A well-known consequence of agriculture and human waste systems is environmental nitrogen pollution in downstream waters, which causes poor water quality, toxic algal blooms, fish loss, and indirect emissions. This type of problem requires a multidirectional societal change, where solutions address the political, cultural, and economic networks that shape farmer decisions.

These nitrogen environmental and societal impacts cannot be ignored anymore, so nitrogen management is on track to become a major global policy issue. In some countries, nitrogen assessments have been developed, yet the authors show that only a limited number of social science aspects are considered. In 2019, the UN launched a campaign, UN Global Campaign on Sustainable Nitrogen Management, realising that there was a need to address the divide between scientific knowledge of the nitrogen problem and policy makers. The ambitious goal is to halve national-level nitrogen waste by 2030.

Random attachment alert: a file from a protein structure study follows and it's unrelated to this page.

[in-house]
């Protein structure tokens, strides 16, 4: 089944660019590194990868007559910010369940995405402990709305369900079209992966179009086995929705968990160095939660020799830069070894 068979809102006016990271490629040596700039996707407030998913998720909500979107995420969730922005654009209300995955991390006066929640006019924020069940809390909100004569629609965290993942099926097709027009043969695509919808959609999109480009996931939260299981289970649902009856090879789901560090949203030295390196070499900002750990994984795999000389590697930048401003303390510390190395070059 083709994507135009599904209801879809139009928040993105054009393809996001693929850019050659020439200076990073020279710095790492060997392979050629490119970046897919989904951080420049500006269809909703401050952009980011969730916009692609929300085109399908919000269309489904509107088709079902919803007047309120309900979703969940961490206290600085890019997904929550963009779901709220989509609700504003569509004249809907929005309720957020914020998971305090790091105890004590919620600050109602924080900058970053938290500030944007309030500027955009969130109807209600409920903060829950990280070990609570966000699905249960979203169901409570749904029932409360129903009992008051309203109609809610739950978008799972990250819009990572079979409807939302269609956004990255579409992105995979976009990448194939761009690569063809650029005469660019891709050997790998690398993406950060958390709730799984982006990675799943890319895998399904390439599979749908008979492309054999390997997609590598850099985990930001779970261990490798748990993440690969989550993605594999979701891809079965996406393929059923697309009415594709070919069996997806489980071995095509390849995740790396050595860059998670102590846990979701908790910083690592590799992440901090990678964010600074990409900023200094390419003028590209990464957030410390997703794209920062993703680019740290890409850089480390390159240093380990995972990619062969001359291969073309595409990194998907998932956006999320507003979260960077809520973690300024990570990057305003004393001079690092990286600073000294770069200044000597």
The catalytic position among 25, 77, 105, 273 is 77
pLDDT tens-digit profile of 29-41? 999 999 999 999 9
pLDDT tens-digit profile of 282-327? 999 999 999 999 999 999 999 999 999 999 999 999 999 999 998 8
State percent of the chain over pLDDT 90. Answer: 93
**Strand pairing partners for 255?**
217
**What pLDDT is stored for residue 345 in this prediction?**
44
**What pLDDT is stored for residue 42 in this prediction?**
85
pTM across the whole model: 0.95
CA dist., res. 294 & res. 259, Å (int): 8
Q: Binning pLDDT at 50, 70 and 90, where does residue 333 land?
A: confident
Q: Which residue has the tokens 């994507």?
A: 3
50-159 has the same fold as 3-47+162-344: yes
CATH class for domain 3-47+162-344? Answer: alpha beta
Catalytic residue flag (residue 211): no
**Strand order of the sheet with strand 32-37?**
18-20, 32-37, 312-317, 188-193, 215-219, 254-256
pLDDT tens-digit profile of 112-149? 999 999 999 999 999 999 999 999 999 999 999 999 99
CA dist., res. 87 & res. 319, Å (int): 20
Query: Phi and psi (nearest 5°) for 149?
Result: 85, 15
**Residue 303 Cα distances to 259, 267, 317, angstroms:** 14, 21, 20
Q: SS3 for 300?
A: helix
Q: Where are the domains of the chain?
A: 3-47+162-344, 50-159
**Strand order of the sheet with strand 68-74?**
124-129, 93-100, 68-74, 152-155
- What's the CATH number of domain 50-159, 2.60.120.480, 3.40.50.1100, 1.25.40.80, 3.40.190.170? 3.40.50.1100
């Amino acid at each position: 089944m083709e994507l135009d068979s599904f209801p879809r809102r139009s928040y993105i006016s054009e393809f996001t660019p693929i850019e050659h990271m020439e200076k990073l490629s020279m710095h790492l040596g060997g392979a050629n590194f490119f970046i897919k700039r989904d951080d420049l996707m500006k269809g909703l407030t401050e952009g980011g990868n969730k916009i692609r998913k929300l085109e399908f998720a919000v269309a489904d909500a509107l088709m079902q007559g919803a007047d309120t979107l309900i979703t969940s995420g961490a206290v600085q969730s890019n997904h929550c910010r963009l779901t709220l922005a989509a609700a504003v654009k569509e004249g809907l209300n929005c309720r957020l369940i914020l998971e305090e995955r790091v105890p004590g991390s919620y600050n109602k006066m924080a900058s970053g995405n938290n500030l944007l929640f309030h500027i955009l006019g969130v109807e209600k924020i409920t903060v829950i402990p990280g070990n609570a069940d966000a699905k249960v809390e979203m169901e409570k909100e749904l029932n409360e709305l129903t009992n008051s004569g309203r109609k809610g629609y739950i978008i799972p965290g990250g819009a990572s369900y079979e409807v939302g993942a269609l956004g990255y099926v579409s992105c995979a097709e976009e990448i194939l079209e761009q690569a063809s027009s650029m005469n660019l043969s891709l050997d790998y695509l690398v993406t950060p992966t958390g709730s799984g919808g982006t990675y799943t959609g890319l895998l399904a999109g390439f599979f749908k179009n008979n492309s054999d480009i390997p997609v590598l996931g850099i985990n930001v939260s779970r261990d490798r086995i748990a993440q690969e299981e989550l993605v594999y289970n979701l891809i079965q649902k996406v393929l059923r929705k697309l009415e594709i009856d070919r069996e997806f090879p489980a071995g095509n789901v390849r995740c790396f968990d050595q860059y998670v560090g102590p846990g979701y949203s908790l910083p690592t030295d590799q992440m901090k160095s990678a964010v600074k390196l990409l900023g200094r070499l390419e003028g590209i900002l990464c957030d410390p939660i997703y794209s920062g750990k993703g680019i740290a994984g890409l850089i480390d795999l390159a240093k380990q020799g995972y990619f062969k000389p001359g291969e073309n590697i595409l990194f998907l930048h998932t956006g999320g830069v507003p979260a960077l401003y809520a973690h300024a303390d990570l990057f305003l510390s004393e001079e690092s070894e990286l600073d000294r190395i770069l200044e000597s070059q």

A UN initiative, the Colombo Declaration, wants to halve nitrogen waste by 2030. An on-farm animal waste recycling system such as this helps to keep excess nitrogen out of the environment. Source: U.S. Department of Agriculture

Coordinating a cohesive sustainable management strategy for the benefit of the environment and food security remains an elusive goal. What is it going to take to put knowledge into practice? In a new paper, Kanter et al. consider the crucial role of social science (the study of relationships between people and the greater community) in solving the global nitrogen imbalance. They outline ways in which the social sciences can help solve environmental issues and the specific type of research questions they can tackle in the nitrogen problem. 

Why is social science so important in addressing the nitrogen problem?